Build a timber deck

Mitre 10 MEGA
Thursday, December 1, 2011
Build a timber deck
Build a timber deck


  • Timber piles 125 x 125 H5 treated Radiata
  • Concrete, Easicrete, or cement and builder's mix
  • Bearer: 100 x 100 H3.2 M/G No.1
  • Stringer: 150 x 50 H3.2 M/G No.1
  • Joists: 150 x 50 H3.2 M/G No.1 (@ 450mm centre to centre for 100 x 40 decking; @ 400mm centre to centre for 100 x 25 decking)
  • Decking: 100 x 40 or 100 x 25 Griptread
  • Nails: Galvanised 100mm and "U" shaped nails.
  • Galvanised strap
  • Nails: Flathead 30mm
  • Bolts: M12 diameter galvanised or stainless steel


  • Hammer
  • Sledge Hammer
  • Stringline
  • Spirit level/stringline spirit level
  • Tape measure, square and pencil
  • Spade
  • Chisel
  • Circular saw or handsaw
  • Electric drill and drill bits
  • Adjustable wrench

A deck is a rewarding extension to any home. If you are a competent handy person with basic carpentry skills, a few tools, patience and enthusiasm, you can achieve a very satisfying result building your own deck. Here is a step by step guide on how to build a timber deck.

The example deck is 3.6 metres wide by 3.6 metres long and 0.75 metres high above the ground. It is attached to the existing house along one side.

Your deck may differ from this because it may be larger or higher off the ground. Although the construction technique is similar, consideration needs to be given to bracing and handrails in such cases.

Tips to Get Started

•Prepare a sketch plan outline of your deck with dimensions, indicating boundaries and existing site features.

•The design should complement the house, it needs to be functional and have aesthetic appeal. Preferably locate the deck on the warm, sunny side of the house or facing the view.

•Decks should be clear of any sub soil drains and services (eg. electricity, gas, water or sewer lines.)

•Decks should have safety features such as hand rails (required for decks that are 1m or more above ground), non-slip surfaces and adequate bracing.

•Check ground conditions and contour.

•Approach the local authority or council to ascertain whether Resource and/or Building Consent is required before construction starts.

•Check for any possible infringements near boundaries. For example, decks less than 1m above ground and 10m square may not need to go through consent procedures.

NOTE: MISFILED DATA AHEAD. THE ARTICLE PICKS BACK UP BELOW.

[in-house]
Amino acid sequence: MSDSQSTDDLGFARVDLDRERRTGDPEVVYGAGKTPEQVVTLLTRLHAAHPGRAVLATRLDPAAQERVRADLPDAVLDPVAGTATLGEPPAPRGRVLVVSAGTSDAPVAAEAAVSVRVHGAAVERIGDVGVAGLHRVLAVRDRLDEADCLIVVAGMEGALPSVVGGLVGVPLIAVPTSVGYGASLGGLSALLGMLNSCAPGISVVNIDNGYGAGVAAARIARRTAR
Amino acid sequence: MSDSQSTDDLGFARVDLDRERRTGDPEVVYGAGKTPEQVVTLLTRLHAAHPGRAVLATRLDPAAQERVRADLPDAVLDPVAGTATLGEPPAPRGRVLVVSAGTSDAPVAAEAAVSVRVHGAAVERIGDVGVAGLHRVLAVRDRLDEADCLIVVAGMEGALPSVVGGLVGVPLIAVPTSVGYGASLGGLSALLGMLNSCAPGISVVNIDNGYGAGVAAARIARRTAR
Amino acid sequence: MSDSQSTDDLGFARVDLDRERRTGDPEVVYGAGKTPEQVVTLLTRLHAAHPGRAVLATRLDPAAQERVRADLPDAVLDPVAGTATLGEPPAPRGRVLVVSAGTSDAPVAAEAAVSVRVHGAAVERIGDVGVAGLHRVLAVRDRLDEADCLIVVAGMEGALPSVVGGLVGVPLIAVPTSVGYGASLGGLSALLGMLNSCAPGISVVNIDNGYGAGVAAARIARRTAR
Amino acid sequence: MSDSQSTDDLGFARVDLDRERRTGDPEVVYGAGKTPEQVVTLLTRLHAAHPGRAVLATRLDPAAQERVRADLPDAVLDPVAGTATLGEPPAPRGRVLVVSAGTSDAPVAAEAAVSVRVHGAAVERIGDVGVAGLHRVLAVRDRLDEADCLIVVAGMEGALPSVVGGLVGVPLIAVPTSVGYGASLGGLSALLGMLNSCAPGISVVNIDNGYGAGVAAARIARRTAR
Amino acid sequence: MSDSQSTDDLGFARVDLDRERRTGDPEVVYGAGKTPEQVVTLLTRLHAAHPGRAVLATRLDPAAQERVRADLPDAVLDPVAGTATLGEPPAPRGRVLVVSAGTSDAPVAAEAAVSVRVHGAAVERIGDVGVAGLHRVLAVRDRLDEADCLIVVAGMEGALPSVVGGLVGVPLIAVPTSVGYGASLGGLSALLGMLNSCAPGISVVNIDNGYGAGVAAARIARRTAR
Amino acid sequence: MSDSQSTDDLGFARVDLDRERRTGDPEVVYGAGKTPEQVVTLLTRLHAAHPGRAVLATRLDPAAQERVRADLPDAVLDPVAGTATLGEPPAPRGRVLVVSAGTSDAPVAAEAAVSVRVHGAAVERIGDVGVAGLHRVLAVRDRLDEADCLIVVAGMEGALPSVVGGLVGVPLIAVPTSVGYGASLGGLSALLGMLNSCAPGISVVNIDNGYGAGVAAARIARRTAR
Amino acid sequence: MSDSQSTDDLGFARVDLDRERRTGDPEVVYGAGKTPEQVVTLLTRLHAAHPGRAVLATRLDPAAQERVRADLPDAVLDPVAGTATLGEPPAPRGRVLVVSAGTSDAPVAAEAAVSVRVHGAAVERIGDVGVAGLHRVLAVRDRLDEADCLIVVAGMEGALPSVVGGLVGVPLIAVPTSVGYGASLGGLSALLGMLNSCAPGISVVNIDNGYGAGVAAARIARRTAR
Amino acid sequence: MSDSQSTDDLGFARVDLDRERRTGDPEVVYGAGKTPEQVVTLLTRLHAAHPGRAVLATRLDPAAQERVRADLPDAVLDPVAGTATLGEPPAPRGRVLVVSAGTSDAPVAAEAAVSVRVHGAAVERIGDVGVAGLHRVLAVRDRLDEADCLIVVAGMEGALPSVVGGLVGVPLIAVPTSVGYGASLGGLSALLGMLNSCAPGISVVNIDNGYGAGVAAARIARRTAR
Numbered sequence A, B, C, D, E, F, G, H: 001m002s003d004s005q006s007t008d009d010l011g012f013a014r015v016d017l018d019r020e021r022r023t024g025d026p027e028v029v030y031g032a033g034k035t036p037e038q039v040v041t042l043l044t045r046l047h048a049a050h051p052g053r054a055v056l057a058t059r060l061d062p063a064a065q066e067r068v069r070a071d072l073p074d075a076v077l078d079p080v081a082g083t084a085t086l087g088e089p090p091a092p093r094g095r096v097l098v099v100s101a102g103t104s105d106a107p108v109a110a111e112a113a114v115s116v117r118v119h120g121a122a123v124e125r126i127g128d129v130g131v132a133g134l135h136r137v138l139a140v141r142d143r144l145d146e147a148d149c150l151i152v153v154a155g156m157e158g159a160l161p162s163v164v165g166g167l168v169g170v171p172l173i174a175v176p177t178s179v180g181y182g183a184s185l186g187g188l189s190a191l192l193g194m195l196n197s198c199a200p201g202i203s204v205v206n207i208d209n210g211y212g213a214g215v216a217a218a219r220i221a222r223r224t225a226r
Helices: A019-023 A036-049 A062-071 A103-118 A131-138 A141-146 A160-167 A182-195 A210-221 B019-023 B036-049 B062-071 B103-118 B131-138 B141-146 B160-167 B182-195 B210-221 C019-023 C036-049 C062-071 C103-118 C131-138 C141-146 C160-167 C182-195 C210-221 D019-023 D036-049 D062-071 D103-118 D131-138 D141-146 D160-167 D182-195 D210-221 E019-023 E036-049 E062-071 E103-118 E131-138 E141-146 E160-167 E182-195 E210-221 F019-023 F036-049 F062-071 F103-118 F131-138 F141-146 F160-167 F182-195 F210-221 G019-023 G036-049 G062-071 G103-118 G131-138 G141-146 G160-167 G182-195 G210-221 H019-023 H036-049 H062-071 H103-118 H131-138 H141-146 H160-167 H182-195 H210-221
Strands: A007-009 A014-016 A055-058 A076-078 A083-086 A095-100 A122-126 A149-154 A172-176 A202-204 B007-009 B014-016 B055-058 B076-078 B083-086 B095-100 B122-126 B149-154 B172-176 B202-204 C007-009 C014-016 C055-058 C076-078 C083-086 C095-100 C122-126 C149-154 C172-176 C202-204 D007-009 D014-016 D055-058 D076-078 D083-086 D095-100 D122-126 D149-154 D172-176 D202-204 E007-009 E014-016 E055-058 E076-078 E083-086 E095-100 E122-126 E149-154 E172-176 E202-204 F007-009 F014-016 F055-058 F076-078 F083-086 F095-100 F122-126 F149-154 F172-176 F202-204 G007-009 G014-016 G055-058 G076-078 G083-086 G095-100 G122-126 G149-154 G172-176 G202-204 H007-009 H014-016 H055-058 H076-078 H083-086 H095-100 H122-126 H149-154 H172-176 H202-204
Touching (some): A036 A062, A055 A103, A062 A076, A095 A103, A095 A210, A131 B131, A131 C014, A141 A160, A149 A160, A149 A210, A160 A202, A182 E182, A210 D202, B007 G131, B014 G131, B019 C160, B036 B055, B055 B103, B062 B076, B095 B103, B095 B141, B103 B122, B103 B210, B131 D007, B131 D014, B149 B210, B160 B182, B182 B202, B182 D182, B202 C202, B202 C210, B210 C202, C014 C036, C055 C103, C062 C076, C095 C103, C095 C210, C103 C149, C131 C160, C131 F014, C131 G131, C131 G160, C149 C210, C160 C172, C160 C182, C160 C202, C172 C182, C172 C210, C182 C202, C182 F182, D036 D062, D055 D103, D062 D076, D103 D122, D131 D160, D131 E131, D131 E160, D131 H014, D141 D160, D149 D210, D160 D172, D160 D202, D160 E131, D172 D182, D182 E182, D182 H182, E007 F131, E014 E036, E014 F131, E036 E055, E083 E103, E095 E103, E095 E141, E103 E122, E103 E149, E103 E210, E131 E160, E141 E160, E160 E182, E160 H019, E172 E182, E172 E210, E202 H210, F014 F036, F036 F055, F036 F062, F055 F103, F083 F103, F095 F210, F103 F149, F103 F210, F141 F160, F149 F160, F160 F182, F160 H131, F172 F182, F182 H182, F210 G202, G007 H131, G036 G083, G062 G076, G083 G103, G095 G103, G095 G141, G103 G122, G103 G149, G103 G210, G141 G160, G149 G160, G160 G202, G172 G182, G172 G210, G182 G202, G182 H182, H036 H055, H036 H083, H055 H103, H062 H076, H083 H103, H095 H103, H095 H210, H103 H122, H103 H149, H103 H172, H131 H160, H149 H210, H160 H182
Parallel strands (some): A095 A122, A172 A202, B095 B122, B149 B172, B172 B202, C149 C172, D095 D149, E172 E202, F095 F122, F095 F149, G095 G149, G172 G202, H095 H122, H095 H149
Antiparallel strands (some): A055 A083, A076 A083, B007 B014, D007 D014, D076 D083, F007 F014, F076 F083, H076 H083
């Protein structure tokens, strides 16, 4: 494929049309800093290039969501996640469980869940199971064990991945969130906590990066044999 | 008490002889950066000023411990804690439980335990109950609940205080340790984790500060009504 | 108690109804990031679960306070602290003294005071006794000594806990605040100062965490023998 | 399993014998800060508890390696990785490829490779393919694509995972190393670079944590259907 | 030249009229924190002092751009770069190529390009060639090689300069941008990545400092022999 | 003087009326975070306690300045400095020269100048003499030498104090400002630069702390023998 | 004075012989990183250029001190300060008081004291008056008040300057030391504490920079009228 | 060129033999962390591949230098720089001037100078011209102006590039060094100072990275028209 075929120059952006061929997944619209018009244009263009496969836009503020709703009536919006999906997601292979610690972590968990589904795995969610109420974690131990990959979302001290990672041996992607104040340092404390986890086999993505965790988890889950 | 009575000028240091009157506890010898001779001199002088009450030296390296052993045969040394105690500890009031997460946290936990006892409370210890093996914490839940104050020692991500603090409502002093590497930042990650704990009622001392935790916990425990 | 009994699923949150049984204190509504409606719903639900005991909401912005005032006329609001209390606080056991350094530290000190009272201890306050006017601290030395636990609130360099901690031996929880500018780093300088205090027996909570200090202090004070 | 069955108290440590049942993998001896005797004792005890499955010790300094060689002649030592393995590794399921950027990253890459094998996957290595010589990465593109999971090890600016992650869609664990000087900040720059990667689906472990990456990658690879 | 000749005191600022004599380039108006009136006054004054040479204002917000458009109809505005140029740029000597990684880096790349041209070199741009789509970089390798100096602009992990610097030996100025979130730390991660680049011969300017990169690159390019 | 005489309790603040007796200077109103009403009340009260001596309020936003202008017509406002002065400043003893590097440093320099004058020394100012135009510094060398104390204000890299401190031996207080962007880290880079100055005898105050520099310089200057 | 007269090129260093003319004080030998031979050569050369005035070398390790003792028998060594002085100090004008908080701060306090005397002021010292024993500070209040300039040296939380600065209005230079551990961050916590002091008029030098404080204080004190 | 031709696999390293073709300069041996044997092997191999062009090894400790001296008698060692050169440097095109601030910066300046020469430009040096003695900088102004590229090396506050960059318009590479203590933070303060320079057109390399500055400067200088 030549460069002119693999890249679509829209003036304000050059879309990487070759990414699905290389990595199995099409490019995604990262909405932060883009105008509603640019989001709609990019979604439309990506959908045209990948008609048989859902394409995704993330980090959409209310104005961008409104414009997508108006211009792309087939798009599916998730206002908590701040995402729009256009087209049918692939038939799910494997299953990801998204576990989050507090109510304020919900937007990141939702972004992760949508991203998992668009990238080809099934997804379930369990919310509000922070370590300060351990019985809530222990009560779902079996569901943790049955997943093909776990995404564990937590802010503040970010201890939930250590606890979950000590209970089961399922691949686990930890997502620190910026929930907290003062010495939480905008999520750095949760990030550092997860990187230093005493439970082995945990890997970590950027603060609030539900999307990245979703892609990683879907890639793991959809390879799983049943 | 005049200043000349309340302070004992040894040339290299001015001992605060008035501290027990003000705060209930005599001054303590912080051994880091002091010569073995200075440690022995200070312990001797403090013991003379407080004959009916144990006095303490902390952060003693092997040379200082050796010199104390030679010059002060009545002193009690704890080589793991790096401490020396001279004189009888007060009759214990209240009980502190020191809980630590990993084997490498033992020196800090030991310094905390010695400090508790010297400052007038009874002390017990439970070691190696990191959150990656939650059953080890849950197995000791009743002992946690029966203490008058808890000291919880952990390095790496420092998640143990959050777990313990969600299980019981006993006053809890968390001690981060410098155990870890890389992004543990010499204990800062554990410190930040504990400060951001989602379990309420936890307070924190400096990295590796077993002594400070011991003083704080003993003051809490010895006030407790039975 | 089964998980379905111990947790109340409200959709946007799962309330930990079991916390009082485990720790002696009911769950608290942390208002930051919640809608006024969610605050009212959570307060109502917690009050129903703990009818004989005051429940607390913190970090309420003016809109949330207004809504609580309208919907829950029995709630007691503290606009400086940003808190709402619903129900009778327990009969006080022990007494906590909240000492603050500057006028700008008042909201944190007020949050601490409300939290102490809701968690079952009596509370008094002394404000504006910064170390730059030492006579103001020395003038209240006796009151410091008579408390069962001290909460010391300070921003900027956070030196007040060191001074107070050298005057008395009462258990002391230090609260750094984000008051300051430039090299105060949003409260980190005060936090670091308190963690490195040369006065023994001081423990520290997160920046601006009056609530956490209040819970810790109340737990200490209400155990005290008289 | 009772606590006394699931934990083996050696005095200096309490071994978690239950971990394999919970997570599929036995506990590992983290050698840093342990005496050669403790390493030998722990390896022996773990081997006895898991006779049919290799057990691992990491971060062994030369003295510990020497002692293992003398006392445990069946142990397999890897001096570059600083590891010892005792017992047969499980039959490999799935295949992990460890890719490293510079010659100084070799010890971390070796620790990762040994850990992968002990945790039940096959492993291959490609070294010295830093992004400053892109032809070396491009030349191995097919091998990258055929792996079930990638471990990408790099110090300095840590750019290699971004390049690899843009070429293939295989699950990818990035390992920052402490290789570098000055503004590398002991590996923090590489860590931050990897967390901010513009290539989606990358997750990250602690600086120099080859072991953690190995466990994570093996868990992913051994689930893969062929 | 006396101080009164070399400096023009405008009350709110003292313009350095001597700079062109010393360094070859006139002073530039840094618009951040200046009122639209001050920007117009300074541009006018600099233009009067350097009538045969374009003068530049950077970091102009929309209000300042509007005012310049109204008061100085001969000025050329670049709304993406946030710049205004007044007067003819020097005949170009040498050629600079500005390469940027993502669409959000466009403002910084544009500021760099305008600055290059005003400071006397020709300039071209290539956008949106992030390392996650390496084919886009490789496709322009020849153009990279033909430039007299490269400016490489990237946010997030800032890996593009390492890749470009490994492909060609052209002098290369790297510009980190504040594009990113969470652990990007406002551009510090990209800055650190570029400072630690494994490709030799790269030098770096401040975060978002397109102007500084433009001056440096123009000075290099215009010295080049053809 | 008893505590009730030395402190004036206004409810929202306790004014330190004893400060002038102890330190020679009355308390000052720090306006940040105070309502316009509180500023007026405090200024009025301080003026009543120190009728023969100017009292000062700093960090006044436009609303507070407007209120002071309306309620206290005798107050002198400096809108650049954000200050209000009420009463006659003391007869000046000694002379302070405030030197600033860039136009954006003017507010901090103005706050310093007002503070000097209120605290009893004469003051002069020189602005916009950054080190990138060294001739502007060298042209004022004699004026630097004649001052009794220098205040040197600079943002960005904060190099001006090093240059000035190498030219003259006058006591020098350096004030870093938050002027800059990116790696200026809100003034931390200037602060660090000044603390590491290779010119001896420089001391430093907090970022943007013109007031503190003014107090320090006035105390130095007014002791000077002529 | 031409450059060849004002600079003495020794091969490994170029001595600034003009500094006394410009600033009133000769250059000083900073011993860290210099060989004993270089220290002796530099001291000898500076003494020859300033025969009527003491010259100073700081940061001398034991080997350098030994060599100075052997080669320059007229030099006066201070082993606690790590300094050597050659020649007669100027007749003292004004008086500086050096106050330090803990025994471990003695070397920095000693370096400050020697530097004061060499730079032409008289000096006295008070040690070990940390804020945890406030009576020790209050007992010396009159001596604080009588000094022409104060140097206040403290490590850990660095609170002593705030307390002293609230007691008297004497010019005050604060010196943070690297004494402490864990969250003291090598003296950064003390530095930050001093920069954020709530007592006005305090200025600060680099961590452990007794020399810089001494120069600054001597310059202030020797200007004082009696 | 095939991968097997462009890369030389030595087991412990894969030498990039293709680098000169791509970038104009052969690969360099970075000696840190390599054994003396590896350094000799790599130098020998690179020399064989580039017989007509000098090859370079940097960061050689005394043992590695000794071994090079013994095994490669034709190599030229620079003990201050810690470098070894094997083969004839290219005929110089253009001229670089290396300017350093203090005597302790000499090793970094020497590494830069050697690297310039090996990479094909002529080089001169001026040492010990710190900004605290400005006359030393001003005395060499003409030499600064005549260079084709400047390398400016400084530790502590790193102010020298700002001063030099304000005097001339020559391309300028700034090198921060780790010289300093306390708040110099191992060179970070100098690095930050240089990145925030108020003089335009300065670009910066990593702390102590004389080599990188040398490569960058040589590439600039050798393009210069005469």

•Determine the deck's size and shape to accommodate people and furniture. For instance, a deck that is 1.8m wide is the absolute minimum width to accommodate a standard table and four chairs.

•Always remember to measure twice and cut once.

Important Bracing Requirements for Decks:
Any deck that projects more than 2 metres from a building requires bracing. New Zealand Standard 3604 (1999) sets out the requirements, while geographical location also has an impact on the requirements for bracing. If the deck you are planning projects more than 2 metres from the building then it is recommended that additional expert advice be sought from your Local Authority or an appropriately qualified technical expert.

Illustration 1 - Deck Profile Set Out

Step 1: Setting Out the Deck

Select a datum point - generally the existing floor level. Set the finished deck level below this datum point. (To prevent rain entry.) In some situations, the New Zealand Building Code requires a step down to an open, framed permeable deck. (Your local Authority or Council will be able to advise you.)

Determine a working height to set the profile boards. In this How to Guide, the deck profile boards are set at the top of the bearers and ledger (see Illustration 1 above).

Identify the length of the deck along the wall of the house. From position A, string a level line through to position B (see Illustration 1)